Alexander laid siege to Tyre.  He surrounded the island with ships and took control of the sea around the city.  Then he patiently built a monumental causeway between the shore and city.  When the bridge was complete siege engines were brought into place.  Eventually the city walls were breached and the Macedonians entered the city.  Two thousand male Tyrians not killed in the assault were taken ashore and crucified.  Thirty-thousand women and children were sold into slavery.  A mere nine years later, in 323 BC, Alexander himself died and his empire was divided among his generals.  Had Tyre submitted they might have lived to regain their independence.  But their resistance was rewarded by extinction.

Resistance to a superior force is not always the best course.  Neither should the prospect of armed revolution be taken lightly.  The Declaration of Independence declares a right to revolution but also notes that “all experience hath shewn, that mankind are more disposed to suffer, while evils are sufferable, than to right themselves by abolishing the forms to which they are accustomed.” Why?  Because revolution is a damned dangerous business that frequently leaves people worse off.

In the US we tend to glorify armed resistance to tyranny because our country was born in a successful revolution.  But the American Revolution is anomalous in world history.  Revolutions usually turn out badly.  The French Revolution culminated in the Reign of Terror. The Russian Revolution led directly to the famines of the 1930s that killed five to ten million people.  It is easy to recognize and complain of inequities in any form of government.  Implementing a better system is considerably more difficult.

The German Peasant’s Revolt of 1525 began with a list of reasonable demands for reform.  But it quickly degenerated into rampaging hordes of violent mobs that looted and murdered.  When the revolt was finally put down 100,000 peasants had been killed.  Hundred of villages were burnt to the ground and a thousand castles and convents were destroyed.  Surviving peasants were subjected to even more severe degradations.  German lords cited the Bible:  “whereas my father did lade you with a heavy yoke, I will add to your yoke:  my father hath chastised you with whips, but I will chastise you with scorpions.”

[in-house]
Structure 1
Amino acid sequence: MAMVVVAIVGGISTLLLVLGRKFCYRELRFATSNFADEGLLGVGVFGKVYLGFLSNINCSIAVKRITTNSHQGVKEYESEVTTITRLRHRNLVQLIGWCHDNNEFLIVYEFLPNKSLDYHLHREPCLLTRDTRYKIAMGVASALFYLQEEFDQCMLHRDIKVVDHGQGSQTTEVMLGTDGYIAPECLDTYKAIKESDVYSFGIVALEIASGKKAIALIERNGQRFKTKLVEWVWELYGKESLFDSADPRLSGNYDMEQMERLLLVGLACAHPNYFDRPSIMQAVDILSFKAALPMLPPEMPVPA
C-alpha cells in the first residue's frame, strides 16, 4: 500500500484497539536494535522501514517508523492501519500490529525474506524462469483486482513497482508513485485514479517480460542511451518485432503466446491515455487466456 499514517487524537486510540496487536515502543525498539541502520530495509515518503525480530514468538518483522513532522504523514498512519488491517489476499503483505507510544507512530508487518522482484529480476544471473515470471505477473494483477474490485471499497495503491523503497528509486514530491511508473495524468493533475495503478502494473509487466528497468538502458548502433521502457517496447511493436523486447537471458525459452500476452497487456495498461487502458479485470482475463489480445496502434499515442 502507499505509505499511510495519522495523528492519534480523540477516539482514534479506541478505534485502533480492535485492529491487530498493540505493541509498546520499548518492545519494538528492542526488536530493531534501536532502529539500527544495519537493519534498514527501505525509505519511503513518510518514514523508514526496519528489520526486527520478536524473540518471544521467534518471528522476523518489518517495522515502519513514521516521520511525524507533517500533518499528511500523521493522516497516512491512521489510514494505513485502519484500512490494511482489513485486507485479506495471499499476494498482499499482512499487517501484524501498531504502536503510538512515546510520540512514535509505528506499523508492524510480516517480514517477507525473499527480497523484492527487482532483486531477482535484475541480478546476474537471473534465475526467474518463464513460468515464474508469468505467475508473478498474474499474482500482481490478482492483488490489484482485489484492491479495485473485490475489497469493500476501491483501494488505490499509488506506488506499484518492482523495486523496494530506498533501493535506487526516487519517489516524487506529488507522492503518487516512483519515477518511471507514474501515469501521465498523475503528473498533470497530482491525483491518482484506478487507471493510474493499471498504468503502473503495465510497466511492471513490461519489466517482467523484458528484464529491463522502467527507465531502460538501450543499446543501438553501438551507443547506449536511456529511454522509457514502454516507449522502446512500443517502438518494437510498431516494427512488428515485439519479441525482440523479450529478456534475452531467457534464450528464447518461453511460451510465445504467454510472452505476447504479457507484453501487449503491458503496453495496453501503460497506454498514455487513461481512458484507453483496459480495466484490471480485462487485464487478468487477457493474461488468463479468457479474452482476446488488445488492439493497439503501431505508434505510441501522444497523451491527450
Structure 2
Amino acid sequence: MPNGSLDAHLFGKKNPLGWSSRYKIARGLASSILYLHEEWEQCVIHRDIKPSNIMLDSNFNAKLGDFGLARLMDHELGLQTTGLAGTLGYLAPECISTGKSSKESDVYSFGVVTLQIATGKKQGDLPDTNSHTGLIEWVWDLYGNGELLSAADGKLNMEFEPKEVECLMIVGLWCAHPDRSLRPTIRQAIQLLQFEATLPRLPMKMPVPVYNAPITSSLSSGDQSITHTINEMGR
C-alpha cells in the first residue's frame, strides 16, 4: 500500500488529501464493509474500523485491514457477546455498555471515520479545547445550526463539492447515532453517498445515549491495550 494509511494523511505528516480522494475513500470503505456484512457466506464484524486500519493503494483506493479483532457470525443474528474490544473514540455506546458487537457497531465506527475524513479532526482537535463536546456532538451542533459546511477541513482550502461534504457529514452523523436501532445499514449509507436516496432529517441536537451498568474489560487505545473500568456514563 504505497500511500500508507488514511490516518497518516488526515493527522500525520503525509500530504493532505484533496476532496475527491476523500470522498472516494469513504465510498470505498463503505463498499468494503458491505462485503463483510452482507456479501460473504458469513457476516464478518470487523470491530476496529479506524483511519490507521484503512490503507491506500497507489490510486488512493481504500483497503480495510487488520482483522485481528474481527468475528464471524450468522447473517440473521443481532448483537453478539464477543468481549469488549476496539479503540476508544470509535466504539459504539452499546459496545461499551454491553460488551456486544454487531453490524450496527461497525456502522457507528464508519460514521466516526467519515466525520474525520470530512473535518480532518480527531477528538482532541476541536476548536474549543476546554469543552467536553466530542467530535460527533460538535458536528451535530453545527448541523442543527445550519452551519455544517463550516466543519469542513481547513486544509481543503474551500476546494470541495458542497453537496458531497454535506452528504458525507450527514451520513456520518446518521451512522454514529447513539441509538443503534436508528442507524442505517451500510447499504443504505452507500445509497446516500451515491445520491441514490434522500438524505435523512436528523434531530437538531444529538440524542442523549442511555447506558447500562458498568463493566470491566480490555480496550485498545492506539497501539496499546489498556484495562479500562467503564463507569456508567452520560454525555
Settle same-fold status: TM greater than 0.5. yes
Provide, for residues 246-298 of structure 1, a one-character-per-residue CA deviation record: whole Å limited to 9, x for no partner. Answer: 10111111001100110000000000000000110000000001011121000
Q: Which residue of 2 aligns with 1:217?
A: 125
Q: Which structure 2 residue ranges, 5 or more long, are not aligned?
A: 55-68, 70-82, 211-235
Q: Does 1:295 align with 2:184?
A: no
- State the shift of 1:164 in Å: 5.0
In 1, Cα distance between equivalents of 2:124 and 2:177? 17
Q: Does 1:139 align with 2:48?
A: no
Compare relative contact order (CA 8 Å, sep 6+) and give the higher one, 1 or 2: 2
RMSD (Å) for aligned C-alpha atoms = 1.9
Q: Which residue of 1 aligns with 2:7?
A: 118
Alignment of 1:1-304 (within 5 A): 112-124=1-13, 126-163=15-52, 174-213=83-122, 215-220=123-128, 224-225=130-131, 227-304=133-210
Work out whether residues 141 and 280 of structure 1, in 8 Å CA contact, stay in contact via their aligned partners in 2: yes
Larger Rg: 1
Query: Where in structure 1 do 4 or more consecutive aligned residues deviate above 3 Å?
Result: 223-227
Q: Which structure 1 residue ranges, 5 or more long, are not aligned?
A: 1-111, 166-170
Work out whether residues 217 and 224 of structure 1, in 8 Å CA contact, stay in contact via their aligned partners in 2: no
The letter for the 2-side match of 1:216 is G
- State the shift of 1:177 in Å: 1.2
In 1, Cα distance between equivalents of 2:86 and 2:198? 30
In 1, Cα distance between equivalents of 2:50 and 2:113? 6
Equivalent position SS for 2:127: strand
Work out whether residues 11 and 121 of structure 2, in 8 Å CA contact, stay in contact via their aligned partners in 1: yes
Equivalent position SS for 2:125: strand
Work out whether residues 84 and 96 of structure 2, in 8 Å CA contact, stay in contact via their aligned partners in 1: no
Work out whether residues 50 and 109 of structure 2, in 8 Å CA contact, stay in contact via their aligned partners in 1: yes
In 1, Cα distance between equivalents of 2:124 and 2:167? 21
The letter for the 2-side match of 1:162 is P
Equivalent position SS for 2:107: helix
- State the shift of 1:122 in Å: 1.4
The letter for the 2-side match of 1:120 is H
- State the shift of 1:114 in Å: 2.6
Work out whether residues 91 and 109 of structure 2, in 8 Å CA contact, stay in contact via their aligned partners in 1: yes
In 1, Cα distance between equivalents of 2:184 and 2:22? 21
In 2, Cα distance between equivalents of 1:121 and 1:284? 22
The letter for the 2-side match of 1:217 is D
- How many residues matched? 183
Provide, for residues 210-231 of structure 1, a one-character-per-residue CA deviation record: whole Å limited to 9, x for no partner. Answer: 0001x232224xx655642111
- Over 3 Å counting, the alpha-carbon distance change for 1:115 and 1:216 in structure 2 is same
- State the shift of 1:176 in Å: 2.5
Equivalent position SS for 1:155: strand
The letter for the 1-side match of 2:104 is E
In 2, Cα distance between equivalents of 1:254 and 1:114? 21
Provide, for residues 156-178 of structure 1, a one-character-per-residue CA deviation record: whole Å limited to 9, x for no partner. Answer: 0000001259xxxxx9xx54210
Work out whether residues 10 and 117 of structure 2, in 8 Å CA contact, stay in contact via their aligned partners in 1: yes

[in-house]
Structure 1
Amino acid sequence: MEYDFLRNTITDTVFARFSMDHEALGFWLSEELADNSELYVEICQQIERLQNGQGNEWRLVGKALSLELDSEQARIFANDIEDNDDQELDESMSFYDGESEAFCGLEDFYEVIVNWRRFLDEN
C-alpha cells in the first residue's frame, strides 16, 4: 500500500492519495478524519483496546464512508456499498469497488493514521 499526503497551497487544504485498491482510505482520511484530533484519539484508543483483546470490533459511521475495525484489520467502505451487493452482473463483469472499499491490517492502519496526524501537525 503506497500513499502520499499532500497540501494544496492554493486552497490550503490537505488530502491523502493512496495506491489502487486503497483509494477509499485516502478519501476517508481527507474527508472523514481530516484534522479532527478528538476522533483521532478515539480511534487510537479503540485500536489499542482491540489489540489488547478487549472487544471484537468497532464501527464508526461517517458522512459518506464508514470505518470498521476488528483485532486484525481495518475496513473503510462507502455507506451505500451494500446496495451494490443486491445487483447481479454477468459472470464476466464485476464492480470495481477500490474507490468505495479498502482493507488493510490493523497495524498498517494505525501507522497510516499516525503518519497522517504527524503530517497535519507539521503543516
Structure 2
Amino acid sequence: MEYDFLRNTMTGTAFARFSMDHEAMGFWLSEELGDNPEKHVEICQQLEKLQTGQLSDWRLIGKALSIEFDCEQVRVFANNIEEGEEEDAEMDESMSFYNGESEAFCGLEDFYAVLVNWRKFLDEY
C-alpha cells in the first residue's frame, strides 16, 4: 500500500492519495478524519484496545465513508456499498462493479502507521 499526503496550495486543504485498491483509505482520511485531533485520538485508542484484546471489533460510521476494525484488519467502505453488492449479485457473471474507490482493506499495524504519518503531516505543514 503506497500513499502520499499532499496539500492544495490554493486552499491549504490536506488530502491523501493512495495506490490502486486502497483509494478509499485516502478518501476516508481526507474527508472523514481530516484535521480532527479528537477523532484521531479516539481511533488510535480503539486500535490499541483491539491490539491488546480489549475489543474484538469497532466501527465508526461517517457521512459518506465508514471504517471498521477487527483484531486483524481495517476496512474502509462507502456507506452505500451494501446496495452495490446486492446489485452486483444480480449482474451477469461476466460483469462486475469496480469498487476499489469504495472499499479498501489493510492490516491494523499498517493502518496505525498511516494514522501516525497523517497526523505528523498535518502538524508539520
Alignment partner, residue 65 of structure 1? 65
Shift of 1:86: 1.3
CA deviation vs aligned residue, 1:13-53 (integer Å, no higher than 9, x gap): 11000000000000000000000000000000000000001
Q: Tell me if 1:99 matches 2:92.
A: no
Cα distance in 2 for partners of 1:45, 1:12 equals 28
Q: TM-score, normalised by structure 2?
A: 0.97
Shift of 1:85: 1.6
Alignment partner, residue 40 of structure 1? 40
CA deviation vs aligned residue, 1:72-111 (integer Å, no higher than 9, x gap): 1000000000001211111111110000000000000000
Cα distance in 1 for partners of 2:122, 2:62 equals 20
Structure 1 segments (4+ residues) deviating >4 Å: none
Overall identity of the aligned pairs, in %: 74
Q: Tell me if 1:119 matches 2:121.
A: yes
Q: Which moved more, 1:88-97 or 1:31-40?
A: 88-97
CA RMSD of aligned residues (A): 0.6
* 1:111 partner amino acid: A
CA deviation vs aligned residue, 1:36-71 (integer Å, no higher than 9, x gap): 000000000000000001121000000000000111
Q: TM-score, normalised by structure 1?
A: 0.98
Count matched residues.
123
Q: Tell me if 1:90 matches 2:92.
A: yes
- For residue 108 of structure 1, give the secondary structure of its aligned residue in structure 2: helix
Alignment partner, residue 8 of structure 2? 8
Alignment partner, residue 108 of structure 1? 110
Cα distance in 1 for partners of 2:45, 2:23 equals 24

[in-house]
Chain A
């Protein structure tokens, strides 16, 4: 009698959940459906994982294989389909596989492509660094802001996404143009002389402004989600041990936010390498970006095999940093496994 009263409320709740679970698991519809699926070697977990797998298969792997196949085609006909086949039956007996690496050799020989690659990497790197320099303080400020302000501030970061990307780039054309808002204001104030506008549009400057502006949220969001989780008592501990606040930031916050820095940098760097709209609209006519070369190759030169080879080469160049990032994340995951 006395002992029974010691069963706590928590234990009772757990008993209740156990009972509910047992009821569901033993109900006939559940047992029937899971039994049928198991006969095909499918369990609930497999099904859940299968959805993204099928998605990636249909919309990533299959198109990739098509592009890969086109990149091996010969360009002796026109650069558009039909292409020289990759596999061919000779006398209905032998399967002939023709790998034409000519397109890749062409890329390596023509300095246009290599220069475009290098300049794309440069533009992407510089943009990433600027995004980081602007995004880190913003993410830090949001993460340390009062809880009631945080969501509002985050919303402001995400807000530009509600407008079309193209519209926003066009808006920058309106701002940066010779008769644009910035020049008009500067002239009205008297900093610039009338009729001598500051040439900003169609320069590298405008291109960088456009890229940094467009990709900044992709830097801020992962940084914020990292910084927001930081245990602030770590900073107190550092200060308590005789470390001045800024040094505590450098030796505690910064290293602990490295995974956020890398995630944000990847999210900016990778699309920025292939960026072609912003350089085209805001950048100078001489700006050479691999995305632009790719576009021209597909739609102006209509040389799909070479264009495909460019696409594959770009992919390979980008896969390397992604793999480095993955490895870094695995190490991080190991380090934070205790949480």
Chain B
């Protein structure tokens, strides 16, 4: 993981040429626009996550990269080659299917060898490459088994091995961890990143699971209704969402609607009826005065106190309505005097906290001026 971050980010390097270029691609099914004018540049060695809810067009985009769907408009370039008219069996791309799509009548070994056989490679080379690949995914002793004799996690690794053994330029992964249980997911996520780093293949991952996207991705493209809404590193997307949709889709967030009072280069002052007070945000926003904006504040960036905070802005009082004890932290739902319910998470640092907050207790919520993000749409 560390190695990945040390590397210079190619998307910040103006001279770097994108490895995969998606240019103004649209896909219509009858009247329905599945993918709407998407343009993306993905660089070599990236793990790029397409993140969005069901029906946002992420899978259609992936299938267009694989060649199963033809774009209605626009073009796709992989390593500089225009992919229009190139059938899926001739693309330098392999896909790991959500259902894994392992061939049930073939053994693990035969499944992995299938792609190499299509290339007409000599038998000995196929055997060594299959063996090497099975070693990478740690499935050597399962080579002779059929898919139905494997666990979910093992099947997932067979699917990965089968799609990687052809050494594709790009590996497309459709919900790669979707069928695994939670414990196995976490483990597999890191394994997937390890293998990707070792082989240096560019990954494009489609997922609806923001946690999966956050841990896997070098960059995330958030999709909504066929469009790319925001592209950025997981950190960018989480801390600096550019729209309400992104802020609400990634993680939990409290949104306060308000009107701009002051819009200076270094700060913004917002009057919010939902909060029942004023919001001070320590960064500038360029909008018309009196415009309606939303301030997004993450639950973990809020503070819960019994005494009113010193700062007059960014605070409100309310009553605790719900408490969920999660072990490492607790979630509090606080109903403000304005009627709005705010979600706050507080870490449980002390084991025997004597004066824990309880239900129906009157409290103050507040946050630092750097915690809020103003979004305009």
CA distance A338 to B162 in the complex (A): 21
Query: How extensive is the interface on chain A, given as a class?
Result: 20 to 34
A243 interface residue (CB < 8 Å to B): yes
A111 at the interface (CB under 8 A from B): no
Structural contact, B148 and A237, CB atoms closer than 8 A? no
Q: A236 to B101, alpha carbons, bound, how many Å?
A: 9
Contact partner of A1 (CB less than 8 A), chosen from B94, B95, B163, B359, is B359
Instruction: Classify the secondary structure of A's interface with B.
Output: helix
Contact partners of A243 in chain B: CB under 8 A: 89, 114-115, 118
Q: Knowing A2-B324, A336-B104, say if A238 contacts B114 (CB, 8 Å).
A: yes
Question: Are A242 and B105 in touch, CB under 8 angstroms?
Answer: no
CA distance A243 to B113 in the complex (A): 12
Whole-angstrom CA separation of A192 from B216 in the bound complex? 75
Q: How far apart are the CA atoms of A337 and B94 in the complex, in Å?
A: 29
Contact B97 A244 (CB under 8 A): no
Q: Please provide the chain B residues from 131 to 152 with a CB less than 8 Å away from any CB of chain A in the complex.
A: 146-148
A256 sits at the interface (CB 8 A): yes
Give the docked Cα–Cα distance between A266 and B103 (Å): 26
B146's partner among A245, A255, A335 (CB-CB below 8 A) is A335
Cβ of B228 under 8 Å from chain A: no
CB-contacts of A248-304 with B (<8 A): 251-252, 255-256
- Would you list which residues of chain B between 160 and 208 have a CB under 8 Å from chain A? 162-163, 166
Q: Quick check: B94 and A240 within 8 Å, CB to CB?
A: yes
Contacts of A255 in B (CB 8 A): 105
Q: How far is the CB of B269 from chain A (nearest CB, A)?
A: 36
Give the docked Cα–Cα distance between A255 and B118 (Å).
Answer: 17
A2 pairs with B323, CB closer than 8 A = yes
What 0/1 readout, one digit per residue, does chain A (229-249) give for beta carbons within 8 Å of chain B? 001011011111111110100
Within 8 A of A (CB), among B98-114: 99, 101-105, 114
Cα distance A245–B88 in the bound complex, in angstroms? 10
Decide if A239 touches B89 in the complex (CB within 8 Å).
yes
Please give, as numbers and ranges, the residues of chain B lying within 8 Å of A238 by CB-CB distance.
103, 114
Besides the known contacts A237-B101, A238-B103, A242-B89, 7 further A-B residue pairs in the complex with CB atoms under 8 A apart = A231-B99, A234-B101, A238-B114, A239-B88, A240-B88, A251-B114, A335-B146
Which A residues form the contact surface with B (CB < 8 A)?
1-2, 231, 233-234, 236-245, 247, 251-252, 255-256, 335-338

Another reason to eschew violence is that violence has traditionally been used as an excuse by statist governments to limit freedom and consolidate their power and control.  The terrorist attack of September 11, 2001, was used as opportunistic justification for the so-called Patriot Act, a law that stripped US citizens of their most basic civil liberties.  In 1995, the tragic Oklahoma City bombing killed 168 innocent people, shut down the militia movement in the US, and assured the re-election of Bill Clinton to the Presidency in 1996.  The Reichstag Fire of 1933 was used as a pretext by the Nazi Party to consolidate its power and turn Germany into a dictatorship.

If you think that I am anti-gun, or that I am advocating automatic submission to tyrannical statism, you have misread me.  My thesis is that in any circumstance, individual or collective, force must be employed prudently.  To win the war you may have to lose many battles. And the best way to resist statism is not necessarily by force but through education.  Government is a necessary evil whose size is in inverse proportionment to the enlightenment of the population.  The Iron Curtain fell without a shot being fired. The Soviet Union collapsed because people lost faith in communism.  The West effectively subverted and undermined the foundation of socialism, not so much by rhetoric, but by simply demonstrating the superiority of capitalism.

Every situation in life is unique.  There are times when it is proper to exhibit courage and fight.  In other circumstances, submission may be the appropriate course. Choose your battles judiciously. If you value survival don’t peremptorily dismiss the virtue of cowardice.